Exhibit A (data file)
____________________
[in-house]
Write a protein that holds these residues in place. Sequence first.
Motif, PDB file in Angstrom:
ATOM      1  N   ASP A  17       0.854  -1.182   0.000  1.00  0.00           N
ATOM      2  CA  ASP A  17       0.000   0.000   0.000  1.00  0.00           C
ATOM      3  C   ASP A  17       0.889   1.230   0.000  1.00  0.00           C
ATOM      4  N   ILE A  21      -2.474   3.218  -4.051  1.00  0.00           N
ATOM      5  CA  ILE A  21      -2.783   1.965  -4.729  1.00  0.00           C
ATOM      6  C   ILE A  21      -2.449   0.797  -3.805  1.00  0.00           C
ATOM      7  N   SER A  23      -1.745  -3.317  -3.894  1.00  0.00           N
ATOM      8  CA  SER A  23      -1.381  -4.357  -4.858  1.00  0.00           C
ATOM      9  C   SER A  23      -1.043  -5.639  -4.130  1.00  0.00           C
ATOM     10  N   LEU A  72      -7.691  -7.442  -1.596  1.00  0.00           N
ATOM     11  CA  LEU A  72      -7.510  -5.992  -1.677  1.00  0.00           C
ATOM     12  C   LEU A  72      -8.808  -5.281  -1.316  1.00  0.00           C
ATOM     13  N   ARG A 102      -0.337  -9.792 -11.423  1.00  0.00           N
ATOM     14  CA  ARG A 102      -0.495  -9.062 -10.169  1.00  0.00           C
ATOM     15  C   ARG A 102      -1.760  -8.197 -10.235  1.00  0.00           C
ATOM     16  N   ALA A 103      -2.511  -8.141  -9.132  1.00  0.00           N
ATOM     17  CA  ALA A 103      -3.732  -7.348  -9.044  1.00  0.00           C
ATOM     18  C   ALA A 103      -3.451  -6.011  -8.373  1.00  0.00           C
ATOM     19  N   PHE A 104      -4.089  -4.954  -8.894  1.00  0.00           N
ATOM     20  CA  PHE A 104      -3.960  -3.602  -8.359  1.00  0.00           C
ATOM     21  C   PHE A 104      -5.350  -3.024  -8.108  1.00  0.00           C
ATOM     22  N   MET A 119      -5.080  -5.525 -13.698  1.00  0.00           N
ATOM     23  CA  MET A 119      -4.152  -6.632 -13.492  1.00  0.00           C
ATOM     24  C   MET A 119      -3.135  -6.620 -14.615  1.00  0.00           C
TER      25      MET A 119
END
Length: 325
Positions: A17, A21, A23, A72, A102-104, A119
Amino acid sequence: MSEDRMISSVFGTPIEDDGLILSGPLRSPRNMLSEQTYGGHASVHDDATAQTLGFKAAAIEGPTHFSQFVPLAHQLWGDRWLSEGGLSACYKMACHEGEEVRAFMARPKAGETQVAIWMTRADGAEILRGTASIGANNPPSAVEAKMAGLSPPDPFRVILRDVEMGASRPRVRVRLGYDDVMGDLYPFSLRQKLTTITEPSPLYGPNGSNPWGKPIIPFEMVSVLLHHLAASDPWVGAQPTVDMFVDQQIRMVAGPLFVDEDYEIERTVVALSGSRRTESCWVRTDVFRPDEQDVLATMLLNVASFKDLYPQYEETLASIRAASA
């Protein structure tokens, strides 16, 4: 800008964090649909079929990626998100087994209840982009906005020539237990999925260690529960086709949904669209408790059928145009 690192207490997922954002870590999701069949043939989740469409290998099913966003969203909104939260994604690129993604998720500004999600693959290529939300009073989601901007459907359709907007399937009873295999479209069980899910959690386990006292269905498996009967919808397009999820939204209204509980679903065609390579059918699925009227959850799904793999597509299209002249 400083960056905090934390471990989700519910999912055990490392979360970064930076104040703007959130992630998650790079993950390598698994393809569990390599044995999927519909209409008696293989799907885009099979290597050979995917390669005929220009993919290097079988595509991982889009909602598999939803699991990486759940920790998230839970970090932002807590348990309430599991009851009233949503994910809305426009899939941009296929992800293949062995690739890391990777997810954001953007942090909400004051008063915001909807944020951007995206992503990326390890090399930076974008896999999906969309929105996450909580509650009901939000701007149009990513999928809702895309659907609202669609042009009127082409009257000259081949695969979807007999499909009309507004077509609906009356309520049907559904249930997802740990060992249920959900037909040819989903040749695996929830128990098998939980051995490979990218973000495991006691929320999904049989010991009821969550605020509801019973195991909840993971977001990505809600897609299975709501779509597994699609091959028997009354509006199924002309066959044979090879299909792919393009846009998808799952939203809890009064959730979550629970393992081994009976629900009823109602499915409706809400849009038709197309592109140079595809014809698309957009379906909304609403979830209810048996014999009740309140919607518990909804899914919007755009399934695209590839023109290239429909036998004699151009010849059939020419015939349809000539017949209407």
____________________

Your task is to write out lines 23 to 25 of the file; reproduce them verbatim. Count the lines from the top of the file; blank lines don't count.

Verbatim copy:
ATOM     20  CA  PHE A 104      -3.960  -3.602  -8.359  1.00  0.00           C
ATOM     21  C   PHE A 104      -5.350  -3.024  -8.108  1.00  0.00           C
ATOM     22  N   MET A 119      -5.080  -5.525 -13.698  1.00  0.00           N